County school plans in works

Construction projects worth $140 million set to start without promise of state aid

March 18, 2007|By Mary Gail Hare | Mary Gail Hare,Sun Reporter

Harford County will soon embark on $140 million in school construction projects, which include a new high school and two new elementaries, without the promise of reimbursement from the state.

"The state has not given us planning approval or construction funding for any of these projects, but everything is under appeal," said Kathleen Sanner, director of planning and construction for county schools.

Severe crowding, aging buildings and long overdue renovations prompted the school board to move ahead with the work.

School board members unanimously approved designs last week for the $82 million Edgewood High School and the $26 million Deerfield Elementary School, both of which would replace existing buildings. The 100-acre site along Willoughby Beach Road affords space to build the two schools while classes continue in the existing buildings.

The county will break ground in the spring of next year on both schools, and work will proceed simultaneously. Deerfield, which will be similar in design to the county's 600-seat model for elementaries, will include additional kindergarten and prekindergarten classrooms.

Enrollment at both schools is expected to grow as the nationwide military base realignment, known as BRAC, adds jobs at Aberdeen Proving Ground and brings as many as 30,000 more residents to the county.

"This is a larger elementary for us, but it is intended to absorb some of the growth from BRAC," Sanner said. "The high school is under capacity now, but we are expanding for the coming growth."

The 262,000-square-foot high school building with a triple gymnasium, an 800-seat auditorium and classrooms for 1,600 students. Edgewood has about 1,400 students this year.

Once the buildings open for the 2010 school year, the old structures will be razed to make room for more athletic fields, additional parking and more bus loops.

Edgewood Middle School, on same site with Deerfield Elementary, and Edgewood High will not be replaced.

The cluster of three schools offers an opportunity for the county to open its first day care for staffers on the campus. A day-care center will be part of the construction project and will be leased to a licensed provider. Slots will be limited to children of teachers on the campus.

"We hope to provide convenient, safe day care with a full component of services for staff at all three schools," Sanner said. "Hopefully, this will be an incentive to retain staff."

The $26 million Vale Road Elementary, which will be built on a 23-acre site north of Bel Air, will help ease school crowding in the county seat. Construction will begin in early 2009 on the building, which will have three wings off a main corridor and a conference room for volunteers near the 6,000-square-foot gym that will be available for county recreation programs. Opening is projected for the fall of 2010 but could be delayed if the county finds it has to build a sewage treatment plant on the site.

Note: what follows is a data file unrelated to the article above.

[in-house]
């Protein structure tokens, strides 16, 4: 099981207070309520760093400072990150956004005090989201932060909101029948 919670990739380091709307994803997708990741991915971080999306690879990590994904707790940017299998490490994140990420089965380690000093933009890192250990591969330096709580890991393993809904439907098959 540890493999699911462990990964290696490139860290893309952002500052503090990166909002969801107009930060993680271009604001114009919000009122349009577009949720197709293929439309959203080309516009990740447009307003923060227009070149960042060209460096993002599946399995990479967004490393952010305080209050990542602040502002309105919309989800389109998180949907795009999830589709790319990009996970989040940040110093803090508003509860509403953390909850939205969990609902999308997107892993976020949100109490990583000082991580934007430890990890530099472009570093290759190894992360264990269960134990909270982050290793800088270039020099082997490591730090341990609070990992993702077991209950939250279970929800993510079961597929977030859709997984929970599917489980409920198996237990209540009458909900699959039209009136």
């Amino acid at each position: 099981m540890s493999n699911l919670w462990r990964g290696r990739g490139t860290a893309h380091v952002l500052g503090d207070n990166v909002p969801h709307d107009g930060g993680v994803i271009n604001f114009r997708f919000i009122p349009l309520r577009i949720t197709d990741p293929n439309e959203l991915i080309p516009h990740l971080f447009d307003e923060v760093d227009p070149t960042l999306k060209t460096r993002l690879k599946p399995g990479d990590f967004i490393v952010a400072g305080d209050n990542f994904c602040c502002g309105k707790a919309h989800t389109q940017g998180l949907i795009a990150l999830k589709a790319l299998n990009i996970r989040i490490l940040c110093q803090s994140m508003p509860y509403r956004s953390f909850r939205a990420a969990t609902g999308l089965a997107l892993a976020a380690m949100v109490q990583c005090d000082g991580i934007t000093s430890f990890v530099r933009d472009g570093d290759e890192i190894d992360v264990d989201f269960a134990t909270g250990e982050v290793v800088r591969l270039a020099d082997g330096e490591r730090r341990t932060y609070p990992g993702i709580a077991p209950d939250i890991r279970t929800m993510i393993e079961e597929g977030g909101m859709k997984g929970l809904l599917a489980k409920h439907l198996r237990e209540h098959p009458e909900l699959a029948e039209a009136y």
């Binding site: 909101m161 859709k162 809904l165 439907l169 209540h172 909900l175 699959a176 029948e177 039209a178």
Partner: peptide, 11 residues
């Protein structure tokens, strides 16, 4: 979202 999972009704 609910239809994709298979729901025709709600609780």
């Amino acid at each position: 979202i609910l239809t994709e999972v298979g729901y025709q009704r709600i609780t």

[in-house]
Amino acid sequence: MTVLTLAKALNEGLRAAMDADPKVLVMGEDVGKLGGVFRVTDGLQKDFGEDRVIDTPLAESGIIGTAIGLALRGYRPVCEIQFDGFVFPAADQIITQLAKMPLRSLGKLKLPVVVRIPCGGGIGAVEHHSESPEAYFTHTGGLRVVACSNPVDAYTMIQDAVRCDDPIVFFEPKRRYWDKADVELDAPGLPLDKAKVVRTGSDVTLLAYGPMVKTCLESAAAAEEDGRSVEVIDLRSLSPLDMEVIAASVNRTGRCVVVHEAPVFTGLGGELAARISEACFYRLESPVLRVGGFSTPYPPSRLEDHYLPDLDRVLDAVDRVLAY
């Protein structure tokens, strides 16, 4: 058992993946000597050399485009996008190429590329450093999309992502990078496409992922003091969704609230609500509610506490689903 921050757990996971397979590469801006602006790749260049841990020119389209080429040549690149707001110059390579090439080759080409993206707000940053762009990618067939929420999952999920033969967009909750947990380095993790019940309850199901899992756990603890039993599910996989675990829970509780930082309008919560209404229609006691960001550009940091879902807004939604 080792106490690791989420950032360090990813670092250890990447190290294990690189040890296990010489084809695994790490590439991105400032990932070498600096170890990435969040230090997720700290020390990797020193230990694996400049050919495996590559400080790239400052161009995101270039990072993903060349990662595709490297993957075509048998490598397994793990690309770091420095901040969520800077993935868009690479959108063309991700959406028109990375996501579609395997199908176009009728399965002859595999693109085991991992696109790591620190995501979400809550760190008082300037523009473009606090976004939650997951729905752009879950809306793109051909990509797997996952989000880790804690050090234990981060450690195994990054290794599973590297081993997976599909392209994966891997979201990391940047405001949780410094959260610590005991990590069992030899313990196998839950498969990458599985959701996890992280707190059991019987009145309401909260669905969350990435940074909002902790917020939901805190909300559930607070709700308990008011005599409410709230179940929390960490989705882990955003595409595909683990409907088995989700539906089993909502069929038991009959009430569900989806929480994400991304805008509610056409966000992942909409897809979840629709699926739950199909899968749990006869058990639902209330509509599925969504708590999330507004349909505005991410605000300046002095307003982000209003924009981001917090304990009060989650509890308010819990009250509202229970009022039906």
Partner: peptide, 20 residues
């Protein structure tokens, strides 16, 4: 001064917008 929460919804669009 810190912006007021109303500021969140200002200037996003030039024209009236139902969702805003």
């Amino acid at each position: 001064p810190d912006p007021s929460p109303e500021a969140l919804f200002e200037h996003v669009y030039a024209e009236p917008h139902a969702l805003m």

Because of the site's narrow road frontage, engineers have designed a roundabout at its entrance.

"That makes sense given how cars speed on that road," said Partick L. Hess, a school board member.

Two smaller projects will get under way this summer after classes end. Both should be completed by spring of next year.

At Joppatowne High, plans call for a $3.3 million auxiliary gym with a brick exterior that matches the 1970s building. The second gym will include a new weight room and lavatories, expanded locker rooms with indoor and outdoor equipment storage, offices and an elevator so that the facility is fully accessible.

"This gym will put Joppatowne on a par with other high schools in the county," Sanner said.

At the same time, the county will break ground on a $1.7 million gym at the back of Prospect Mill Elementary, a Bel Air-area school that is coping with severe crowding. The gym will help relieve the crunch in what has been a combined gym and cafeteria, and it will allow space for offices.

"The gym will be really helpful to this school, and there will be space enough in the cafeteria to accommodate the lunch shift pattern," said Ruth R. Rich, a school board member. "But this is only the beginning of improvements at this school. We have to do something else and we will."

The work will entail moving five portable classrooms to the far side of the school building, where another five are now, and building additional sidewalks.

"Even if enrollment would drop, this addition will enhance the school overall," Sanner said. "Our whole purpose is to provide relief to capacity issues."

mary.gail.hare@baltsun.com

Approved school construction

Edgewood High -- New school, construction to start spring 2008, with opening August 2010. Cost: $82 million.

Deerfield Elementary -- New school, construction to start spring 2008, with opening August 2010. Cost: $26 million.

Vale Road Elementary -- New school, construction to start spring 2009, with opening August 2010. Cost: $26 million.

Joppatowne High -- Gymnasium, construction to start this summer, completed by spring 2008. Cost: $3.3 million.

Prospect Mill Elementary --Gymnasium, construction to start this summer, completed by spring 2008. Cost: $1.7 million.

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